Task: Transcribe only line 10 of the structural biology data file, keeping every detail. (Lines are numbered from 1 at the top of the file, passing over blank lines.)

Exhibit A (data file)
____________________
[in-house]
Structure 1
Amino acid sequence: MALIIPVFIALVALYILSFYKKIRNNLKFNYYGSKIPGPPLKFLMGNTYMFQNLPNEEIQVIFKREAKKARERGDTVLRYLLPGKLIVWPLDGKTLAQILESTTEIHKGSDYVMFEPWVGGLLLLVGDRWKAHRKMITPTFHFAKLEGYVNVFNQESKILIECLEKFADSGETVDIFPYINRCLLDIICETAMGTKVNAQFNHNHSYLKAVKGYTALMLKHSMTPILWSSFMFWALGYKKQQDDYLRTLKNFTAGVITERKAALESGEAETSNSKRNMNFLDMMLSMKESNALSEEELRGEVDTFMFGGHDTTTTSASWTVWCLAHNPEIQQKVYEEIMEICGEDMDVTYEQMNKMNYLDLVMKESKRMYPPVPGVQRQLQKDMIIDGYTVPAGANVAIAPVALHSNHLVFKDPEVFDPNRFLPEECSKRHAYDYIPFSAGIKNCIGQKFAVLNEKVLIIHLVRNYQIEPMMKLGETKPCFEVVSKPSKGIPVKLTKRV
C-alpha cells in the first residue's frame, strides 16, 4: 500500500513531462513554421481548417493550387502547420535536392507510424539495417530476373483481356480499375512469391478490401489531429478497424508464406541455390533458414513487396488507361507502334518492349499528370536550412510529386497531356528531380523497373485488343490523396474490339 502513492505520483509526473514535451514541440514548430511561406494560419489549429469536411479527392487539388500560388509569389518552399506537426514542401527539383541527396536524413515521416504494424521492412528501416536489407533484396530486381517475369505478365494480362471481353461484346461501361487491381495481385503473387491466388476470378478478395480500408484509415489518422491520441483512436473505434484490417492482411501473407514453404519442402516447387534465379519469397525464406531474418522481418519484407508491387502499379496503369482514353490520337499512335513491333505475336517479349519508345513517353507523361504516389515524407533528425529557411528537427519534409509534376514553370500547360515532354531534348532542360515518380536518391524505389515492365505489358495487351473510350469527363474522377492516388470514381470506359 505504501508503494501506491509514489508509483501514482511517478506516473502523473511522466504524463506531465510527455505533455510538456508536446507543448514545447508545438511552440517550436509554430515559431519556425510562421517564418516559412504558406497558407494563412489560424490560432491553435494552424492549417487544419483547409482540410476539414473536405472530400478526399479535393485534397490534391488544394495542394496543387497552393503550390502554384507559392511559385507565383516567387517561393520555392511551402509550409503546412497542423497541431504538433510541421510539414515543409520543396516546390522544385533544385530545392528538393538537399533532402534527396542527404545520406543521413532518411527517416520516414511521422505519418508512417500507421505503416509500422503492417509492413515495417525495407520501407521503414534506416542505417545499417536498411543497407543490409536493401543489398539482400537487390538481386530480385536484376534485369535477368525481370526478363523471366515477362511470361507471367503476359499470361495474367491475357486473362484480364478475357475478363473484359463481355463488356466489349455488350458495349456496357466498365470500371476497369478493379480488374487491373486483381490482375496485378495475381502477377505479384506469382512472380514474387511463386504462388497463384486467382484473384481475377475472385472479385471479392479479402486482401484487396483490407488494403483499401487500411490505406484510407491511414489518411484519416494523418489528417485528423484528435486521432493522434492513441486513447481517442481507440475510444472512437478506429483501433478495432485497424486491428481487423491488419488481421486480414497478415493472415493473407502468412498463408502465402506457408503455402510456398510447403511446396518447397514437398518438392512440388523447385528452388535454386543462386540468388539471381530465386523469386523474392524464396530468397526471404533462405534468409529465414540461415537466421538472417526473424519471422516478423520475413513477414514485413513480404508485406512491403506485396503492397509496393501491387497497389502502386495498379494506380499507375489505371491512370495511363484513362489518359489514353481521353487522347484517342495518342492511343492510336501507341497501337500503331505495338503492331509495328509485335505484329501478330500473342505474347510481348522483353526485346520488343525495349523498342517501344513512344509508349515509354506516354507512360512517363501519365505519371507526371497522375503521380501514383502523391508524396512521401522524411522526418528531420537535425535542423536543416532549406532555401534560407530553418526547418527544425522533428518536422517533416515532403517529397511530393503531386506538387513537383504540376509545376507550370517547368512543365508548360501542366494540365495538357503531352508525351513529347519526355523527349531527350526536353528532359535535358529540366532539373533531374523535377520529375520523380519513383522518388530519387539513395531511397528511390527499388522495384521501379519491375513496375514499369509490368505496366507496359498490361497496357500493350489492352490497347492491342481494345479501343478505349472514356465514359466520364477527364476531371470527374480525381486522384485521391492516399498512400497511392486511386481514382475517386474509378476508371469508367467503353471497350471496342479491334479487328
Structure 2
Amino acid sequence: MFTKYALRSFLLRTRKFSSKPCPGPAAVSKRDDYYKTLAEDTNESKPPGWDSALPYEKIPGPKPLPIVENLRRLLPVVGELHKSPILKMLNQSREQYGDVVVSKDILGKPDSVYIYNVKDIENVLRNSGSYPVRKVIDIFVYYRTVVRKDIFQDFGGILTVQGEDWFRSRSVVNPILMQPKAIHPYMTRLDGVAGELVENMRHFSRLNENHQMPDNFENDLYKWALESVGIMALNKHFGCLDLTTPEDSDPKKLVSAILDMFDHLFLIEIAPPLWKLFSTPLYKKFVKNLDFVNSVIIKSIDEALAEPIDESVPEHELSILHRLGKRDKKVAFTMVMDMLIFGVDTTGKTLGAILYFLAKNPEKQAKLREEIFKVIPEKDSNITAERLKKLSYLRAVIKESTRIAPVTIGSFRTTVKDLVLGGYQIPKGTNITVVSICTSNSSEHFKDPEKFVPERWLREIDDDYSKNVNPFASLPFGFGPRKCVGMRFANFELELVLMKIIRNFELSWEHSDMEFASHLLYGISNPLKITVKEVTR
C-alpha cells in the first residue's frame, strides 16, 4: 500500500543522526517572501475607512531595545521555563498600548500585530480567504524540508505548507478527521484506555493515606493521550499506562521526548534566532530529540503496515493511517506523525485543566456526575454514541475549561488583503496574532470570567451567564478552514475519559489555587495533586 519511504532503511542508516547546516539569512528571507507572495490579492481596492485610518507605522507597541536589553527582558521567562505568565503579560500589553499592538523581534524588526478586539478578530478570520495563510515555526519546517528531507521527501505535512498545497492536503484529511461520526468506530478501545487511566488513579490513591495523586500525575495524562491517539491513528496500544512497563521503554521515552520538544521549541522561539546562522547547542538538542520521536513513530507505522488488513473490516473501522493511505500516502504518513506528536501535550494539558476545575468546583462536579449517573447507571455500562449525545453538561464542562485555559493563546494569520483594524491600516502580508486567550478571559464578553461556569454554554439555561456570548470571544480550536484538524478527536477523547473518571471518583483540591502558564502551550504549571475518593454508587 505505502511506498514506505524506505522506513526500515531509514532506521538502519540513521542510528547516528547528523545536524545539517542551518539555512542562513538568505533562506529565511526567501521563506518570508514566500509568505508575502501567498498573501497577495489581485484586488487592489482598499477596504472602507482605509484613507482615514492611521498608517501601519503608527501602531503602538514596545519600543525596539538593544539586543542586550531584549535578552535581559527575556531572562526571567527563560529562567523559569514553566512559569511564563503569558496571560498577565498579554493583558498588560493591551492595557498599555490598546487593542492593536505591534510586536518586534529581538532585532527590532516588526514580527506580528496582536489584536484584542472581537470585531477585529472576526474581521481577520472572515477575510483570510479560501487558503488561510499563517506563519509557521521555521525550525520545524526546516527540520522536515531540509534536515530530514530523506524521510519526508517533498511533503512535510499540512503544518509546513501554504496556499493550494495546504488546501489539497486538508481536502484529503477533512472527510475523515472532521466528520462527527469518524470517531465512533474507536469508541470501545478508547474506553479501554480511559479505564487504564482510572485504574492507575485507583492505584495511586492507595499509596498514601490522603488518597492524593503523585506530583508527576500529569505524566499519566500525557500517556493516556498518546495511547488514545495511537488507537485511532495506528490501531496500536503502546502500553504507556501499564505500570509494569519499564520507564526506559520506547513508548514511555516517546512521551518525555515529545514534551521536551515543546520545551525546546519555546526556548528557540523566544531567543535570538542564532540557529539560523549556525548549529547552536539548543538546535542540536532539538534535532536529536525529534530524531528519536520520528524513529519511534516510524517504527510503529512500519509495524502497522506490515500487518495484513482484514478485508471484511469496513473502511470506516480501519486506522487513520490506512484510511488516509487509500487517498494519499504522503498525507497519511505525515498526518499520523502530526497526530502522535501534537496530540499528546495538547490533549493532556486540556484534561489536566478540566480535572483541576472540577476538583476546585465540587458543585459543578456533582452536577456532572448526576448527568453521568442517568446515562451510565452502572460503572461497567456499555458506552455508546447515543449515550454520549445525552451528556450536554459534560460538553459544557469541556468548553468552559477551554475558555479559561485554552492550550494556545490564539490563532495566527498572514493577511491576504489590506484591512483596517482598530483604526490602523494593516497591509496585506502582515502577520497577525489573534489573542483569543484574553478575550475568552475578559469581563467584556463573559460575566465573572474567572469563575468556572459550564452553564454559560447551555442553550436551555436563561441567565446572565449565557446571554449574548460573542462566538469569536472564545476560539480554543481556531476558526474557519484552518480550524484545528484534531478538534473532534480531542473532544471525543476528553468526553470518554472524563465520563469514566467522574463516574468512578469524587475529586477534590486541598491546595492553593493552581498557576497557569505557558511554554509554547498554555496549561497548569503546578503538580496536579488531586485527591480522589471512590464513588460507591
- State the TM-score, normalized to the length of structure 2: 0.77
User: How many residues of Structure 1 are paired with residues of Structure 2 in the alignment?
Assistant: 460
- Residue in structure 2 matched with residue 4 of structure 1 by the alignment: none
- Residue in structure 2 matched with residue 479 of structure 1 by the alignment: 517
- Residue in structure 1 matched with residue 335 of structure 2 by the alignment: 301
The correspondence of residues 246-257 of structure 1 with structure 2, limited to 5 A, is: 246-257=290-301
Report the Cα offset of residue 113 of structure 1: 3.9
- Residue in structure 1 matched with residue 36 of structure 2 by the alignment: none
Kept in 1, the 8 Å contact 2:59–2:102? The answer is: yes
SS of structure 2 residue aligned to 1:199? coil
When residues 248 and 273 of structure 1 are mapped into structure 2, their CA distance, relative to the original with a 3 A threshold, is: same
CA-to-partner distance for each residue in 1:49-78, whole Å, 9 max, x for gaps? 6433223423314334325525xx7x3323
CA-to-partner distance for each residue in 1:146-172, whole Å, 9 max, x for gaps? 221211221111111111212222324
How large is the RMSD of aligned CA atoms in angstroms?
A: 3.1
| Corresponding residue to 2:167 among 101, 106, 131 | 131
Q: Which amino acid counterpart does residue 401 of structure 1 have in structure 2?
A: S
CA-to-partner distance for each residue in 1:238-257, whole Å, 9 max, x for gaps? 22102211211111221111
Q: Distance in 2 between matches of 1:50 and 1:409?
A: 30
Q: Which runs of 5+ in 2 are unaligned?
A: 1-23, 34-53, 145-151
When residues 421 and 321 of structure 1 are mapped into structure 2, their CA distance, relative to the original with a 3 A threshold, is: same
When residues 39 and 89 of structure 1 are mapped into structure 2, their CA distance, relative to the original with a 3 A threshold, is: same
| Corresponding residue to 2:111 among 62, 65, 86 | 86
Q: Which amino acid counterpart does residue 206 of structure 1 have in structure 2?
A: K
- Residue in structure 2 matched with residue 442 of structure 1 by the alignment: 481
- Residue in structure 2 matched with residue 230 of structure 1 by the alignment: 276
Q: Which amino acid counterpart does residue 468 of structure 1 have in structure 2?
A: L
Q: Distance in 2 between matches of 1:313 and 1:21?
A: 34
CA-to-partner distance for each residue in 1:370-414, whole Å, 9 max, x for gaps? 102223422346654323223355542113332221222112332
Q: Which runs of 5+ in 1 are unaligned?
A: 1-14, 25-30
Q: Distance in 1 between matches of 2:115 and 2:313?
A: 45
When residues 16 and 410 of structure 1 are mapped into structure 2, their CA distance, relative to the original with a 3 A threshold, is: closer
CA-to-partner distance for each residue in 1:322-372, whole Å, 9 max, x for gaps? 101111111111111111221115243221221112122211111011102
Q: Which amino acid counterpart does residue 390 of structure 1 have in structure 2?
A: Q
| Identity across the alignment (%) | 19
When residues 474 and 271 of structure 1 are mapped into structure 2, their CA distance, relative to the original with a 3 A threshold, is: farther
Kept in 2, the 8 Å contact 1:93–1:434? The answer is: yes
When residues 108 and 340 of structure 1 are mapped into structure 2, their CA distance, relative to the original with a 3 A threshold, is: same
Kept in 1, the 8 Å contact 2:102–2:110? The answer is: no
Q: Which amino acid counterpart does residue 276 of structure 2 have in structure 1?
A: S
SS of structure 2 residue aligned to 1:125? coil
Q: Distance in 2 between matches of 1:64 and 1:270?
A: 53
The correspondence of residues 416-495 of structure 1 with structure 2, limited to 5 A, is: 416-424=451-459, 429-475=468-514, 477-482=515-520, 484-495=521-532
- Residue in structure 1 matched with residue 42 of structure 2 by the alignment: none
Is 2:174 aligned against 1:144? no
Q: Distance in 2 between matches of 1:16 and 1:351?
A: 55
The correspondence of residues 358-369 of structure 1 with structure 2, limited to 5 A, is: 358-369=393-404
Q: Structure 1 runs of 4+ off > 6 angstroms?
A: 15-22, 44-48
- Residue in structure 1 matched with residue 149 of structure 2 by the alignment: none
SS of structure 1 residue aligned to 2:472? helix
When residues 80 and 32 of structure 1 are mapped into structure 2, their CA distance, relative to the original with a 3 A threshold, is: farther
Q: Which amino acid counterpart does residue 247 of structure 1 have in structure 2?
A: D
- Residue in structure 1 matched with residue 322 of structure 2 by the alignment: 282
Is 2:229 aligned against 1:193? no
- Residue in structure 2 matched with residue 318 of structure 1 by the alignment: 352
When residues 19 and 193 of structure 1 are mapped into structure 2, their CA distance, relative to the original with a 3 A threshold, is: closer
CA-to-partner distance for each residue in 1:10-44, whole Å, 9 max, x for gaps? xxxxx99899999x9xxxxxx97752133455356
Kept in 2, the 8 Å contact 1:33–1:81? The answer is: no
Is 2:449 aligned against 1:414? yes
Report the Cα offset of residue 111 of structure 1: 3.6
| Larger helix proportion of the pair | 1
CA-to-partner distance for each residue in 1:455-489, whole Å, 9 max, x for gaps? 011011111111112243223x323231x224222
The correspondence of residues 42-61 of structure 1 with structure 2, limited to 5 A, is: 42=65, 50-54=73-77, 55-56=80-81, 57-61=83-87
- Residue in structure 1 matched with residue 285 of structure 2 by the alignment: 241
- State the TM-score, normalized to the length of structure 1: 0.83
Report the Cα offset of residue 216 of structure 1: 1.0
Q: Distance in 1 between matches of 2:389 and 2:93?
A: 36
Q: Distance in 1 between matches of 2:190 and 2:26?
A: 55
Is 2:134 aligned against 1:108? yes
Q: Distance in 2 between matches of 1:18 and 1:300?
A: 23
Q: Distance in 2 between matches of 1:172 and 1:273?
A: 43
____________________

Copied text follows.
Assistant: 460